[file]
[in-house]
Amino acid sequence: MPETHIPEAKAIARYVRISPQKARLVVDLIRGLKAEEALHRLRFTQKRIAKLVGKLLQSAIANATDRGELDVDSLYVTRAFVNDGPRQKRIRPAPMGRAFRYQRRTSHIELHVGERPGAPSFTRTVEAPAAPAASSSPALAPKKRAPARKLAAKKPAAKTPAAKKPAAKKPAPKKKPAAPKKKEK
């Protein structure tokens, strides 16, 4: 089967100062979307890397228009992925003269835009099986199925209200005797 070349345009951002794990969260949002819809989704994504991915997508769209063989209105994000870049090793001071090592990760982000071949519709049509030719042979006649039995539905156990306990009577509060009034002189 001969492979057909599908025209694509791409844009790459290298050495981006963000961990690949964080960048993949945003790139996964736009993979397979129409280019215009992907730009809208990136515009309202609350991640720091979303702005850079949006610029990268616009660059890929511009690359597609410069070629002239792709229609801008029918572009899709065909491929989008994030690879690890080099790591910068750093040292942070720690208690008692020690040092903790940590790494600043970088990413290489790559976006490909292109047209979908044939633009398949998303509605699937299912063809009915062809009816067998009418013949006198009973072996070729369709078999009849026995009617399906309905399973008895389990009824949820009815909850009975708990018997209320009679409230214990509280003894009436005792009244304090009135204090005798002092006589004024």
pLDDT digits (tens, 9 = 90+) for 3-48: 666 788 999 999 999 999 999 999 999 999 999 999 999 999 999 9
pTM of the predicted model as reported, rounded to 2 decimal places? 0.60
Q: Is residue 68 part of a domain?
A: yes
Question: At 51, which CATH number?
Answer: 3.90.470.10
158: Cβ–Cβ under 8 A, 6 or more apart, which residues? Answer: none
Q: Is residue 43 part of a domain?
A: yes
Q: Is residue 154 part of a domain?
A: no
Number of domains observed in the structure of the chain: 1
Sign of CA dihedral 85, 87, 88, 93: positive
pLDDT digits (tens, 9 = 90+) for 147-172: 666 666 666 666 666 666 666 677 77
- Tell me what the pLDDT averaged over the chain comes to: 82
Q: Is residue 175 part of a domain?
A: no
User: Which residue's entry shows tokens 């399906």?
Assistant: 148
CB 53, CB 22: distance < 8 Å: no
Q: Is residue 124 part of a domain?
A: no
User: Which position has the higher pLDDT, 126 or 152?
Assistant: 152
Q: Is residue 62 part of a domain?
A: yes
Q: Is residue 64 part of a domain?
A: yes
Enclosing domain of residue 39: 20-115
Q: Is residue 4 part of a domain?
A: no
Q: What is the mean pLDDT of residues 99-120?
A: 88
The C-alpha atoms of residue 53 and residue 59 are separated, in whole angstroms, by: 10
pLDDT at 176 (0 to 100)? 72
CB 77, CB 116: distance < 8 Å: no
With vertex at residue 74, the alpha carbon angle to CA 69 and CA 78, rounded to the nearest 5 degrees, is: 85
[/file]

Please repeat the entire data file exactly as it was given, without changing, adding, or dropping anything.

[in-house]
Amino acid sequence: MPETHIPEAKAIARYVRISPQKARLVVDLIRGLKAEEALHRLRFTQKRIAKLVGKLLQSAIANATDRGELDVDSLYVTRAFVNDGPRQKRIRPAPMGRAFRYQRRTSHIELHVGERPGAPSFTRTVEAPAAPAASSSPALAPKKRAPARKLAAKKPAAKTPAAKKPAAKKPAPKKKPAAPKKKEK
């Protein structure tokens, strides 16, 4: 089967100062979307890397228009992925003269835009099986199925209200005797 070349345009951002794990969260949002819809989704994504991915997508769209063989209105994000870049090793001071090592990760982000071949519709049509030719042979006649039995539905156990306990009577509060009034002189 001969492979057909599908025209694509791409844009790459290298050495981006963000961990690949964080960048993949945003790139996964736009993979397979129409280019215009992907730009809208990136515009309202609350991640720091979303702005850079949006610029990268616009660059890929511009690359597609410069070629002239792709229609801008029918572009899709065909491929989008994030690879690890080099790591910068750093040292942070720690208690008692020690040092903790940590790494600043970088990413290489790559976006490909292109047209979908044939633009398949998303509605699937299912063809009915062809009816067998009418013949006198009973072996070729369709078999009849026995009617399906309905399973008895389990009824949820009815909850009975708990018997209320009679409230214990509280003894009436005792009244304090009135204090005798002092006589004024």
pLDDT digits (tens, 9 = 90+) for 3-48: 666 788 999 999 999 999 999 999 999 999 999 999 999 999 999 9
pTM of the predicted model as reported, rounded to 2 decimal places? 0.60
Q: Is residue 68 part of a domain?
A: yes
Question: At 51, which CATH number?
Answer: 3.90.470.10
158: Cβ–Cβ under 8 A, 6 or more apart, which residues? Answer: none
Q: Is residue 43 part of a domain?
A: yes
Q: Is residue 154 part of a domain?
A: no
Number of domains observed in the structure of the chain: 1
Sign of CA dihedral 85, 87, 88, 93: positive
pLDDT digits (tens, 9 = 90+) for 147-172: 666 666 666 666 666 666 666 677 77
- Tell me what the pLDDT averaged over the chain comes to: 82
Q: Is residue 175 part of a domain?
A: no
User: Which residue's entry shows tokens 């399906």?
Assistant: 148
CB 53, CB 22: distance < 8 Å: no
Q: Is residue 124 part of a domain?
A: no
User: Which position has the higher pLDDT, 126 or 152?
Assistant: 152
Q: Is residue 62 part of a domain?
A: yes
Q: Is residue 64 part of a domain?
A: yes
Enclosing domain of residue 39: 20-115
Q: Is residue 4 part of a domain?
A: no
Q: What is the mean pLDDT of residues 99-120?
A: 88
The C-alpha atoms of residue 53 and residue 59 are separated, in whole angstroms, by: 10
pLDDT at 176 (0 to 100)? 72
CB 77, CB 116: distance < 8 Å: no
With vertex at residue 74, the alpha carbon angle to CA 69 and CA 78, rounded to the nearest 5 degrees, is: 85